4.  My fourth reason — strangely enough — is relief.  As I carefully studied each of the paintings in the collection, I was hit with a truth that is so fundamental to all of this.  MY story is the polar opposite of Regina and Fred’s.  They could not get Fred’s records. I GOT MINE!  And that’s the point… !  If I had not gotten mine, then I would never have figured out I didn’t have cancer.  I would have been treated for a disease I did not have.  I would have been debilitated by chemo for no reason. At the end of my chemo, I would have been declared cured of an incurable cancer. But none of that happened BECAUSE I GOT MY RECORDS!

I’m healthy, and happy, and my life has never been better.  And my great revelation is that I am all those things because I was able to get copies of my medical records.  No one stood in my way or refused me copies or tried to charge me for them.  Along with my friend E-patient Dave DeBronkart – we are the poster children for the absolute GOOD that comes from sharing records with patients.

Over the next several years, you will hear discussions about whether patients should be able to access their medical records through the internet, or get copies much more easily than they do today (which, as you can see, isn’t always easy)… please remember this story.  Remember Regina and Fred.  Remember Dave DeBronkart’s and my good outcomes. It’s called meaningful use.  And it’s important.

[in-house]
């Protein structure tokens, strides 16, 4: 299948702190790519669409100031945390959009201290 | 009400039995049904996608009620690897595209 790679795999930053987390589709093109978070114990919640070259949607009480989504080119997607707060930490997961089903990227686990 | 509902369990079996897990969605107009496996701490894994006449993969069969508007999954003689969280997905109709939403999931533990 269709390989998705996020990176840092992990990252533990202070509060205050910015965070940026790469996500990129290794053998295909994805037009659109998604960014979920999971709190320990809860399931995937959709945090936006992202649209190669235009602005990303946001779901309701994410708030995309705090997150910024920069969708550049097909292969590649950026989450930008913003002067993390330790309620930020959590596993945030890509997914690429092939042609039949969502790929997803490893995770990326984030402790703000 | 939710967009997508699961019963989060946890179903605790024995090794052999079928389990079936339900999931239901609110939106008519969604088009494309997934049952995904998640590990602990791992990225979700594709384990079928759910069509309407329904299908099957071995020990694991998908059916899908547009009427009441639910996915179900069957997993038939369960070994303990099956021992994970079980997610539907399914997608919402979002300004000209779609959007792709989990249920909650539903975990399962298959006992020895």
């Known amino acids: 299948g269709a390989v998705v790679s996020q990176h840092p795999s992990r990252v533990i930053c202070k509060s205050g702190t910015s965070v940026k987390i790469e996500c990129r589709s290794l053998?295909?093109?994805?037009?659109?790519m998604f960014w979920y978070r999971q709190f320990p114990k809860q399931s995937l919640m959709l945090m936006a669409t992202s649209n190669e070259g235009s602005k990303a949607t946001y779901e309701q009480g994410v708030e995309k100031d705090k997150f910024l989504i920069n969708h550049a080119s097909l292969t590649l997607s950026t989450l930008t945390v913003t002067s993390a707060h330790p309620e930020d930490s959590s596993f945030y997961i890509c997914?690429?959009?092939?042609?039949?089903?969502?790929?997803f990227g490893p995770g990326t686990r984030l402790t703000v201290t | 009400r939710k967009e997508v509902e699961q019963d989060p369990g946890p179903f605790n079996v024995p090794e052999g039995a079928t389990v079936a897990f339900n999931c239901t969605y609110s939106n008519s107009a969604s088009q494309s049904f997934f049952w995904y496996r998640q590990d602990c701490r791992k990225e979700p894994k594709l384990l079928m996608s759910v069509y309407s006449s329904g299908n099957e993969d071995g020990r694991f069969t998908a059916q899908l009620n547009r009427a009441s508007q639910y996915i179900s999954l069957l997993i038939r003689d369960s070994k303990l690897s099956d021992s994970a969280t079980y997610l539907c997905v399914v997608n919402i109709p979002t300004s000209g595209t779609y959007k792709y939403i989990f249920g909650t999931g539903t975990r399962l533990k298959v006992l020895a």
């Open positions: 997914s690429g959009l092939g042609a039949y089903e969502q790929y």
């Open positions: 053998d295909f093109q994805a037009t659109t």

And then fight your good fight to be sure we can always get those records.  They may save your life, too.

Interested in learning more about Regina’s work?

•  Here is Regina’s blog.

•  Here are Cindy Throop’s photos of the evening’s festivities.

•  Here is Dr. Ted Eytan’s discussion of the showing, including several dozen photos (and larger versions of the one above.) Please notice all the smiles.  Some irony, of course, but the recognition that life does go on, and important work is being done.

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8 thoughts on ““Give Us Our Damned Data” Causes the First Meltdown in Awhile”